The specific objectives were to describe the self-reported symptoms, self-efficacy for managing symptoms, and symptom self-management behaviors in a cross-sectional sample of AYAs with cancer.

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4:05 pm – 4:25 pm Thursday, September 15

Parenting Beyond the Veil': Supporting Bereaved Parents as They Continue Their Parenting Relationship After a Child's Death (205-2)

Childhood cancer is the leading cause of illness-related death, leaving thousands of parents to experience bereavement. Parental bereavement is a new state of being, in which parents maintain the parenting relationship in the presence of the child’s absence. While the literature offers insight into continuing bonds, limitations exist related to generalizability and the highly individualized nature of bereavement. There is a need for further exploration to better understand the continuing parenting relationship that is part of the bereavement experience after a child’s death due to cancer.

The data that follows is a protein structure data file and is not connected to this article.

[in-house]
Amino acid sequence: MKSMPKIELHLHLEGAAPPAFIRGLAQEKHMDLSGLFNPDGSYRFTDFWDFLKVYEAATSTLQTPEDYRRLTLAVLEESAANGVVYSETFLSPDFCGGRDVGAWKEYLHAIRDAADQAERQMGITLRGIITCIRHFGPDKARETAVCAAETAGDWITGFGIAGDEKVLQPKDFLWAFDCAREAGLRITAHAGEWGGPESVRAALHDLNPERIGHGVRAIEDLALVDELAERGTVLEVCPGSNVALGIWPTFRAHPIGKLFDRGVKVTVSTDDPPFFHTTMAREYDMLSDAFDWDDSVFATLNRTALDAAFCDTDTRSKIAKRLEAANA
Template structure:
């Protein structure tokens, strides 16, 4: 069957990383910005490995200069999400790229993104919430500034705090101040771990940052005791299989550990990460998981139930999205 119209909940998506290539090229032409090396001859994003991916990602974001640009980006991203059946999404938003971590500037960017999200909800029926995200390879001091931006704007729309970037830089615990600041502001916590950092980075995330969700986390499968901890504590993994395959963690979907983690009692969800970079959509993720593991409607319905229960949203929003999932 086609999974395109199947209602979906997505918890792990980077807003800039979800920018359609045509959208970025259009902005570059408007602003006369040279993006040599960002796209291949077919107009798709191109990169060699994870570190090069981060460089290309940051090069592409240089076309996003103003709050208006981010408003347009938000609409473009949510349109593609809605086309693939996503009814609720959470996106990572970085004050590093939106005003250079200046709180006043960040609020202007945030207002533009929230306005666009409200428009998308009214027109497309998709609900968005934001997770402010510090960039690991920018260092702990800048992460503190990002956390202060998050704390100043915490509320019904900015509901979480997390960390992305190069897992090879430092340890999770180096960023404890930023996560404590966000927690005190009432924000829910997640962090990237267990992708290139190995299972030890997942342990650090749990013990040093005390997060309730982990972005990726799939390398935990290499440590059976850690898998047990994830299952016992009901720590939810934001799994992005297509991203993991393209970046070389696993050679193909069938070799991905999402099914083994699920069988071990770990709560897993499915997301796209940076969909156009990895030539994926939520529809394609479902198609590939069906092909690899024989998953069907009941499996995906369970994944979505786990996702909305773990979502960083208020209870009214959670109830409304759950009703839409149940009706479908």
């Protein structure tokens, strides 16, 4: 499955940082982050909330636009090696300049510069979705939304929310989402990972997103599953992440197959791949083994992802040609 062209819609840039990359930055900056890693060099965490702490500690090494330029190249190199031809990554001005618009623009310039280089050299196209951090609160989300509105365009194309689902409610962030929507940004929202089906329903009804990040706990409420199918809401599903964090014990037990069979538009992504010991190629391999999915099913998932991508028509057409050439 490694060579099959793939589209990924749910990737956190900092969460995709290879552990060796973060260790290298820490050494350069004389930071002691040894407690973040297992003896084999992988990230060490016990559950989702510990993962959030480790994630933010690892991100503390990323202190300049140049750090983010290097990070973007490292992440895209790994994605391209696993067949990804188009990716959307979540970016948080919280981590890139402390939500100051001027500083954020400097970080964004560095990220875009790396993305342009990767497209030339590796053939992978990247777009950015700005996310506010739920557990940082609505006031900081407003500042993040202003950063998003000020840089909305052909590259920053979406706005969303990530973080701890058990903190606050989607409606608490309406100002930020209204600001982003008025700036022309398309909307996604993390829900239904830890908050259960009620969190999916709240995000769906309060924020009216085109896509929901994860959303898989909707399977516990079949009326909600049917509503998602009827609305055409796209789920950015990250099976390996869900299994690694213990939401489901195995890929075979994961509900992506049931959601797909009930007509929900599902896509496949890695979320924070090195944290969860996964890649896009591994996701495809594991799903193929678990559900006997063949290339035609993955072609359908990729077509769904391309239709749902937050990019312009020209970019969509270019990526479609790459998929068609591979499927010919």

The aim of this qualitative research study was to describe the lived experience of bereaved parents who experienced the death of a child due to cancer.

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Speaker:
Christine Denhup PHD APRN CPNP-PC

 

CNE Hours
.33
4:25 pm – 4:45 pm Thursday, September 15

Examining Existential Distress in Adolescents with Advanced Cancer (205-3)